Wealth Migration from the Northeast Intensifies for Florida

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Internal Revenue Service data collected between the years 1995 and 2010 shows that more than $86.4 billion in adjusted gross income (AGI) traveled to Florida from high-tax northern states such as New York and New Jersey. While those numbers are staggering, research shows that this proverbial snowball of financial gains has only begun its long roll down the hill. OK, so a snowball may not be the best analogy to use when talking about the Sunshine State – but in this case it is a fitting one, and the trend lines bear it out.

Recent data provided by Politifact Florida shows that more than 1,000 people per day are now relocating to Florida. Moody’s estimates that the population in Florida will grow by 360,000 in 2013. Referencing census numbers, Florida Governor Rick Scott recently told CNN that 230,000 new residents had arrived in 2012. Pretty astounding numbers, especially when you consider that these are net migration gains: people coming minus people going. That makes for a lot of moving vans traveling south on I-95, filled with people, their wealth, and their earning potential.

But there are even more interesting facts. This past summer, based again on US Census data, Florida’s population hit 19.3 million, while New York’s came in at 19.6 million. It is estimated that Florida will soon edge out New York as the third-most populous state in the nation. Only births and new immigrants kept New York’s population from falling even lower. Not to single out New York, but apparently an increasing number of New Yorkers either can’t afford to remain in their home state due to high taxes, or can’t find work there and are moving to states with friendlier business climates to seek new opportunities.

Why Florida? Your first thought might be trading in your snow blower for a jet ski, but that is only one part of it. Even higher on the list is economic freedom from the high-tax states up north. Florida, after all, is one of only nine states with zero personal income tax. This means that if you move from New York or New Jersey, you can keep nearly 9 percent more of your paycheck, and have 9 percent more buying power. Obviously states that allow residents to keep more of their money and run businesses without undue burdens create higher personal income growth and draw steady streams of people from other states. In the category of gained AGI revenue, Florida stands as number one.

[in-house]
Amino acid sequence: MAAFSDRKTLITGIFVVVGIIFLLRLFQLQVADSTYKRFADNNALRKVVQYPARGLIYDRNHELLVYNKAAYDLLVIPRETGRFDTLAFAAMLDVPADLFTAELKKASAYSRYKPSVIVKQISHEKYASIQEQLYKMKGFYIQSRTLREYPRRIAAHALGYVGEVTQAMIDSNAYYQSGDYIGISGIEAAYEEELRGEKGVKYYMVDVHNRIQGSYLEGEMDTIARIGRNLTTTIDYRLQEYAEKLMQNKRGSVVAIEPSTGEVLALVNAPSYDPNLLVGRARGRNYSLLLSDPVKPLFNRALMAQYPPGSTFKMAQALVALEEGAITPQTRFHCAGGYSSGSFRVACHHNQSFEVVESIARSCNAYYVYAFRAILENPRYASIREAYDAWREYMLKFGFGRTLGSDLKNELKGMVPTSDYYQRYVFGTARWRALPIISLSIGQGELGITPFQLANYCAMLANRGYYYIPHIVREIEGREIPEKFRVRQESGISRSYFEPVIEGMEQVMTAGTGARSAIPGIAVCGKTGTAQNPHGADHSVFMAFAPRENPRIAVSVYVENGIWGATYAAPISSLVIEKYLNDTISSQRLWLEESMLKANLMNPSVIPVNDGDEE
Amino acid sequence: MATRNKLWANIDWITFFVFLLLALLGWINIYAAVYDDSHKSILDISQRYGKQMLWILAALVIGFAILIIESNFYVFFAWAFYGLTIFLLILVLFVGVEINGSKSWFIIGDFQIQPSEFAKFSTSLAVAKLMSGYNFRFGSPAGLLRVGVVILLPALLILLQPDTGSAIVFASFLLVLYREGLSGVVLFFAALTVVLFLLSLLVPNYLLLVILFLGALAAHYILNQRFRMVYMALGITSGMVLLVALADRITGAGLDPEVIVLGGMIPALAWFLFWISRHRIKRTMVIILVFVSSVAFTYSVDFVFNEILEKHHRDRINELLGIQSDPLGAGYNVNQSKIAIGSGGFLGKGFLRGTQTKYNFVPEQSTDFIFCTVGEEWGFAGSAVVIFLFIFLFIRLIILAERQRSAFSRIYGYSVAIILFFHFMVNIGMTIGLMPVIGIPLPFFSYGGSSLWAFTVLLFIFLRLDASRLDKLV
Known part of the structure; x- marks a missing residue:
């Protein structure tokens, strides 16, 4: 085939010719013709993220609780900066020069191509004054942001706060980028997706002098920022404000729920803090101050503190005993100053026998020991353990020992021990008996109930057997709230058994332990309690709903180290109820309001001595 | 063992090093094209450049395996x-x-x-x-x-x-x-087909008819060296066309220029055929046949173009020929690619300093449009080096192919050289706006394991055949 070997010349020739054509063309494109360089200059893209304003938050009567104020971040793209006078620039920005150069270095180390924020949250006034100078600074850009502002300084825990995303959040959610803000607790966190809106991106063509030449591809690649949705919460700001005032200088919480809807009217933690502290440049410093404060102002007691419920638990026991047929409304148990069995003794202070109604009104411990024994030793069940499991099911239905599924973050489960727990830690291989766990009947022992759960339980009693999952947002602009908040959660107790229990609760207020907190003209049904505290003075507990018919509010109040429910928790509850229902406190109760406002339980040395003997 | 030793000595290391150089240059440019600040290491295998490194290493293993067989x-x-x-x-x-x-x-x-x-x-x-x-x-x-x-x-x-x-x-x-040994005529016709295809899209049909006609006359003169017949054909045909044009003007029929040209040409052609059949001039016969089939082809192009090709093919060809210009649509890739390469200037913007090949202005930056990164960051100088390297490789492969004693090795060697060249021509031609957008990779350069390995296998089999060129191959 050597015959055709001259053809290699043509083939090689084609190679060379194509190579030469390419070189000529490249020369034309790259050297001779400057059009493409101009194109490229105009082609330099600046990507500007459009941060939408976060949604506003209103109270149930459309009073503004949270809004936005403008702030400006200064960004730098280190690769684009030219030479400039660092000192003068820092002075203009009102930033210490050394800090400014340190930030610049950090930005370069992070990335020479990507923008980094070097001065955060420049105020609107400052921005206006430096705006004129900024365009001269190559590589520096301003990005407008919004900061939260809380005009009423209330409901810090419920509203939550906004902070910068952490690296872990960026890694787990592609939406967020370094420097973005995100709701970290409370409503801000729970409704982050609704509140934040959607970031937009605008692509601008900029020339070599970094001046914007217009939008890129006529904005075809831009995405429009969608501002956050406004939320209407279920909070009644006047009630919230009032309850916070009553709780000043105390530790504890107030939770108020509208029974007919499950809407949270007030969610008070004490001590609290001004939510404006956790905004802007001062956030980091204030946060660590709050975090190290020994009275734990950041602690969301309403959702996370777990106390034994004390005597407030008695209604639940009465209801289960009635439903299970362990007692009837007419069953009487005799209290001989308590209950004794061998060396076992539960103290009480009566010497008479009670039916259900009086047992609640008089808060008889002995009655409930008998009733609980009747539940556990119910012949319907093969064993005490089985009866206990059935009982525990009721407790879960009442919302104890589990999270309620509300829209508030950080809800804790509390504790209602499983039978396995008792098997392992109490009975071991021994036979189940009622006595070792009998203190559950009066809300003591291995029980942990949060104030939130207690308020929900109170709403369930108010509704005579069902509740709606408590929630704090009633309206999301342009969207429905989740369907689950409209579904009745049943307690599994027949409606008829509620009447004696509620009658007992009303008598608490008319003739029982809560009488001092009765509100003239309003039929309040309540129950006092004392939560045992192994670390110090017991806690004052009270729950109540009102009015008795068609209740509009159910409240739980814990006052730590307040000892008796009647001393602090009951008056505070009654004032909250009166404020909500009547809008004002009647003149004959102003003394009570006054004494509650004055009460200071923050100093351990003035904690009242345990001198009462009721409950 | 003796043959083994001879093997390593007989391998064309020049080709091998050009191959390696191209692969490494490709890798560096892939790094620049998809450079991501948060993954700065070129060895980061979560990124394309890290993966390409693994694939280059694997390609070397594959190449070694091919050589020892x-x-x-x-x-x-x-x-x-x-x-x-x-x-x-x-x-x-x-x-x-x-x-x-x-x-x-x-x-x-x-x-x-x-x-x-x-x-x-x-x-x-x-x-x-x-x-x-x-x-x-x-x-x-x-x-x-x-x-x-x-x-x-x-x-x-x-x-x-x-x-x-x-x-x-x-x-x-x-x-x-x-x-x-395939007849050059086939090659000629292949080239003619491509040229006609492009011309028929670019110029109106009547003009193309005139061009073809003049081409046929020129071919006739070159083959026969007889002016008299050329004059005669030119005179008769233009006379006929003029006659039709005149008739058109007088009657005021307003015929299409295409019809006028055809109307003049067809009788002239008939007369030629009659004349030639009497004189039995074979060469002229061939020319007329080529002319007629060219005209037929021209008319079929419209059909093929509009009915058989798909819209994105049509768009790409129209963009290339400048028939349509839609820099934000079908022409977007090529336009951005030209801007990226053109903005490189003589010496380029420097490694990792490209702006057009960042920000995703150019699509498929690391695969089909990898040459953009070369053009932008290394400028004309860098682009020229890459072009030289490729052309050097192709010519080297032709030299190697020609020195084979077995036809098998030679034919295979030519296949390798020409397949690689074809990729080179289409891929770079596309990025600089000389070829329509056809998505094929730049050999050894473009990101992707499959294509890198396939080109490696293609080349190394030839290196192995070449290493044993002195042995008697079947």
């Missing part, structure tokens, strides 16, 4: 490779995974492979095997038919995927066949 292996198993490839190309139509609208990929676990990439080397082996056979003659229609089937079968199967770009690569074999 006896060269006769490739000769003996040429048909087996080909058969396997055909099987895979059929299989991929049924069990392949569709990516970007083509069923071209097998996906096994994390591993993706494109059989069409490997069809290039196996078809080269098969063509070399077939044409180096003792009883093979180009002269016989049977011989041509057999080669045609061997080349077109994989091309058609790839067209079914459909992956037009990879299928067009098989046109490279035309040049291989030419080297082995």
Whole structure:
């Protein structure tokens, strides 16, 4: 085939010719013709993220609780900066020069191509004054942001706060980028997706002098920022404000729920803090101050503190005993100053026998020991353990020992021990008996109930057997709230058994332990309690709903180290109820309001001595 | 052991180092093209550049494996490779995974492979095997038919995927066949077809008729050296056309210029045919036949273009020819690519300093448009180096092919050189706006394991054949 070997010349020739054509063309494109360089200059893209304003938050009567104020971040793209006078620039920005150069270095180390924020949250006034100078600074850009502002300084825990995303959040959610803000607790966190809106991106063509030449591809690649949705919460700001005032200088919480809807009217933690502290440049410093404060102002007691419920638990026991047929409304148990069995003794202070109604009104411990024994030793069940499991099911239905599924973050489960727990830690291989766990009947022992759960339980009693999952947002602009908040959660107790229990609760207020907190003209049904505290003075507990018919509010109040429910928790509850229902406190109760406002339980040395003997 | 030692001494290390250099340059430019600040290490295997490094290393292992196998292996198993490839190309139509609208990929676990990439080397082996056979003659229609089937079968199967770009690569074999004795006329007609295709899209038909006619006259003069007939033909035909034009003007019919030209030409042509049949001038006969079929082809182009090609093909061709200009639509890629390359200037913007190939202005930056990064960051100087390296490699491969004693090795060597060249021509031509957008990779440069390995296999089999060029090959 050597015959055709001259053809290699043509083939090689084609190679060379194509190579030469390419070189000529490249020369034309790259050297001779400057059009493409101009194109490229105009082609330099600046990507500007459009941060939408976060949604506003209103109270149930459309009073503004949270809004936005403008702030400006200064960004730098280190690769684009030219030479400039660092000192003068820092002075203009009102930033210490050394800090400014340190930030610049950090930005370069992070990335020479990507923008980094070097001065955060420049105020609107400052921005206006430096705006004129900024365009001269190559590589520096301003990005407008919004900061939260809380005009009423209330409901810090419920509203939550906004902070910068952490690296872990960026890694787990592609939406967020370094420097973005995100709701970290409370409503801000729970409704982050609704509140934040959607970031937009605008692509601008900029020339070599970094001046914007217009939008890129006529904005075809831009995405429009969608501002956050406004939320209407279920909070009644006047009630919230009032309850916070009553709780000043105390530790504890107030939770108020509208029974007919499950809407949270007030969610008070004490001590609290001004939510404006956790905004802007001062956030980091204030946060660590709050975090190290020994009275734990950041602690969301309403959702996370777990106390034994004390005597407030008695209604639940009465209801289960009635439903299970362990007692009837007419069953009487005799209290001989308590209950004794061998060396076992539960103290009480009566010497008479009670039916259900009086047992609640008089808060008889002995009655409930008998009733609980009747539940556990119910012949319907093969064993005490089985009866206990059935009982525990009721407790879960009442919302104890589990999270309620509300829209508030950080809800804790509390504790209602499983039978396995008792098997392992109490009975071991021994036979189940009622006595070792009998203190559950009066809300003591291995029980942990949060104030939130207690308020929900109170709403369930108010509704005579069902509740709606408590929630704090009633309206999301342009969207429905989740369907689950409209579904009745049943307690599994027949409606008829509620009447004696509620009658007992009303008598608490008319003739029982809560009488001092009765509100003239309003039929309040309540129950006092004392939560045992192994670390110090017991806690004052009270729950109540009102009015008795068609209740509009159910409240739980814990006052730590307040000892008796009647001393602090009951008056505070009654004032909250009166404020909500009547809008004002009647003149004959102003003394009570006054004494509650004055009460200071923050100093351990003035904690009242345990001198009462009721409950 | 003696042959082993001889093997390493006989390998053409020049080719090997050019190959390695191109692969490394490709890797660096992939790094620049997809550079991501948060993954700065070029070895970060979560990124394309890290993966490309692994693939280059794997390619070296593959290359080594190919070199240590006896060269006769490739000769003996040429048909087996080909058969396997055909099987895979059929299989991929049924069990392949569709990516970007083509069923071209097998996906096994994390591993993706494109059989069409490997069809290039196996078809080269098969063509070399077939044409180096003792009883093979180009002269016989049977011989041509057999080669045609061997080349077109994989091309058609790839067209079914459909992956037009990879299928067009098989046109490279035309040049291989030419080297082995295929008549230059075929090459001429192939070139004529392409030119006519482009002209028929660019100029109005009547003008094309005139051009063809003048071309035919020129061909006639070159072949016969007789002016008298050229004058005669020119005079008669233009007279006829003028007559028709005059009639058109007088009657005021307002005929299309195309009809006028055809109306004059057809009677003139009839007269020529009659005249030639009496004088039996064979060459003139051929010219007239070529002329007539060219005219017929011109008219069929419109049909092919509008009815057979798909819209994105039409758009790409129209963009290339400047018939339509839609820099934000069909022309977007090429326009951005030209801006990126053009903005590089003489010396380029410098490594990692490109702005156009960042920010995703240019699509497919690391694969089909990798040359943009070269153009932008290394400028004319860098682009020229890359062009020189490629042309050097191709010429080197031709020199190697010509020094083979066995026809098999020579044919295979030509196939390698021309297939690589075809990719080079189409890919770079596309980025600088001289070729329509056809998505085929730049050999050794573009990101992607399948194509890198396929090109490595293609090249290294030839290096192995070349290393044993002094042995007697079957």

Along with this influx of population comes the need to build the infrastructure and facilities necessary to support it. Providing for these needs spells “j-o-b-s.” Florida’s unemployment rate in April fell to 7.2 percent, down from March’s 7.5%. Job growth in Florida has been moving in a positive direction for the past 21 months.

As we all remember, during the great recession of 2008, the real estate market was essentially frozen. No matter how discontent people were with the tax burdens of their home states, the simple fact for many was that if they couldn’t sell their home, or their business, moving away was just not an option. But today, all that is beginning to change. Property values are increasing and homes are again selling. People have liquid assets again and are free to seek out the best environment in which build their businesses, create wealth, and raise their families. While Florida’s $86.4 billion in AGI gain over fifteen years is certainly impressive, it may pale in comparison to what the Sunshine State stands to gain over the next fifteen.